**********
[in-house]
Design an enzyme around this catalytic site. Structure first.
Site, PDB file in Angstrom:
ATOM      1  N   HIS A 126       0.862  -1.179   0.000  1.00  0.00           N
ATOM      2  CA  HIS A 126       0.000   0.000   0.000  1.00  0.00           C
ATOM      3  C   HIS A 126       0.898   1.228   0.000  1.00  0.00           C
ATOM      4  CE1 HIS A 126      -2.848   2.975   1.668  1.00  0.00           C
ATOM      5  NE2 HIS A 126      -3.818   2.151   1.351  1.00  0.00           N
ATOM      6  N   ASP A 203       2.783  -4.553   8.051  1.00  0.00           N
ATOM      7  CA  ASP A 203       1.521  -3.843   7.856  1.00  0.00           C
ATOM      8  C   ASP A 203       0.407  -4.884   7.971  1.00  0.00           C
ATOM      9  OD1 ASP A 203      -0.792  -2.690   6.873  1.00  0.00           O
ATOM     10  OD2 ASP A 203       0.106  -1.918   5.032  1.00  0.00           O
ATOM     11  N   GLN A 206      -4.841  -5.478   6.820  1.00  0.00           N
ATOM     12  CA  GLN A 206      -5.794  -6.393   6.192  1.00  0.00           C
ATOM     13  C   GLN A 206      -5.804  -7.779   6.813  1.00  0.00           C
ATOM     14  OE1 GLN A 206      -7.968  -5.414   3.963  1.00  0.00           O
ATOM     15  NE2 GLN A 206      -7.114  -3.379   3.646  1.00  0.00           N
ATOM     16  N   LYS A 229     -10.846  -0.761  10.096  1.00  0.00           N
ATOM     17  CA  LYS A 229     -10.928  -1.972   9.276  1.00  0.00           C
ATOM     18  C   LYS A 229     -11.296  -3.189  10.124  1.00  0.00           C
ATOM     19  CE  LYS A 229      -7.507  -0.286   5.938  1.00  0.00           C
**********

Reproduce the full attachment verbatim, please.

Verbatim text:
[in-house]
Design an enzyme around this catalytic site. Structure first.
Site, PDB file in Angstrom:
ATOM      1  N   HIS A 126       0.862  -1.179   0.000  1.00  0.00           N
ATOM      2  CA  HIS A 126       0.000   0.000   0.000  1.00  0.00           C
ATOM      3  C   HIS A 126       0.898   1.228   0.000  1.00  0.00           C
ATOM      4  CE1 HIS A 126      -2.848   2.975   1.668  1.00  0.00           C
ATOM      5  NE2 HIS A 126      -3.818   2.151   1.351  1.00  0.00           N
ATOM      6  N   ASP A 203       2.783  -4.553   8.051  1.00  0.00           N
ATOM      7  CA  ASP A 203       1.521  -3.843   7.856  1.00  0.00           C
ATOM      8  C   ASP A 203       0.407  -4.884   7.971  1.00  0.00           C
ATOM      9  OD1 ASP A 203      -0.792  -2.690   6.873  1.00  0.00           O
ATOM     10  OD2 ASP A 203       0.106  -1.918   5.032  1.00  0.00           O
ATOM     11  N   GLN A 206      -4.841  -5.478   6.820  1.00  0.00           N
ATOM     12  CA  GLN A 206      -5.794  -6.393   6.192  1.00  0.00           C
ATOM     13  C   GLN A 206      -5.804  -7.779   6.813  1.00  0.00           C
ATOM     14  OE1 GLN A 206      -7.968  -5.414   3.963  1.00  0.00           O
ATOM     15  NE2 GLN A 206      -7.114  -3.379   3.646  1.00  0.00           N
ATOM     16  N   LYS A 229     -10.846  -0.761  10.096  1.00  0.00           N
ATOM     17  CA  LYS A 229     -10.928  -1.972   9.276  1.00  0.00           C
ATOM     18  C   LYS A 229     -11.296  -3.189  10.124  1.00  0.00           C
ATOM     19  CE  LYS A 229      -7.507  -0.286   5.938  1.00  0.00           C